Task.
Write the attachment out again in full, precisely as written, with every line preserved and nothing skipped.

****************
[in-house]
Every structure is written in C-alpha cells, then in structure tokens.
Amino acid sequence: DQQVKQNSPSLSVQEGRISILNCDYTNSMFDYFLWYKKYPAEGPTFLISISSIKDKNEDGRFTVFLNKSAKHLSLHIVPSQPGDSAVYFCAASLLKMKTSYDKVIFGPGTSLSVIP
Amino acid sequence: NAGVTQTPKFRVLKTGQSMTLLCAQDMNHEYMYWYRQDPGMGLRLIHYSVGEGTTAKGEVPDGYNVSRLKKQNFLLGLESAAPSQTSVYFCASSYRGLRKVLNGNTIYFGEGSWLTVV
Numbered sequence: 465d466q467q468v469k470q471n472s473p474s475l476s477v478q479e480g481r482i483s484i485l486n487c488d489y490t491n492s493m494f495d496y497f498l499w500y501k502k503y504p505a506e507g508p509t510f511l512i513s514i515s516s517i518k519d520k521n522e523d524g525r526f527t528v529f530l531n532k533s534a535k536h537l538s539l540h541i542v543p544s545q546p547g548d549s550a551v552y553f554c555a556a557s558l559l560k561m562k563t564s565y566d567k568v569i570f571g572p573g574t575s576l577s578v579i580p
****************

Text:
[in-house]
Every structure is written in C-alpha cells, then in structure tokens.
Amino acid sequence: DQQVKQNSPSLSVQEGRISILNCDYTNSMFDYFLWYKKYPAEGPTFLISISSIKDKNEDGRFTVFLNKSAKHLSLHIVPSQPGDSAVYFCAASLLKMKTSYDKVIFGPGTSLSVIP
Amino acid sequence: NAGVTQTPKFRVLKTGQSMTLLCAQDMNHEYMYWYRQDPGMGLRLIHYSVGEGTTAKGEVPDGYNVSRLKKQNFLLGLESAAPSQTSVYFCASSYRGLRKVLNGNTIYFGEGSWLTVV
Numbered sequence: 465d466q467q468v469k470q471n472s473p474s475l476s477v478q479e480g481r482i483s484i485l486n487c488d489y490t491n492s493m494f495d496y497f498l499w500y501k502k503y504p505a506e507g508p509t510f511l512i513s514i515s516s517i518k519d520k521n522e523d524g525r526f527t528v529f530l531n532k533s534a535k536h537l538s539l540h541i542v543p544s545q546p547g548d549s550a551v552y553f554c555a556a557s558l559l560k561m562k563t564s565y566d567k568v569i570f571g572p573g574t575s576l577s578v579i580p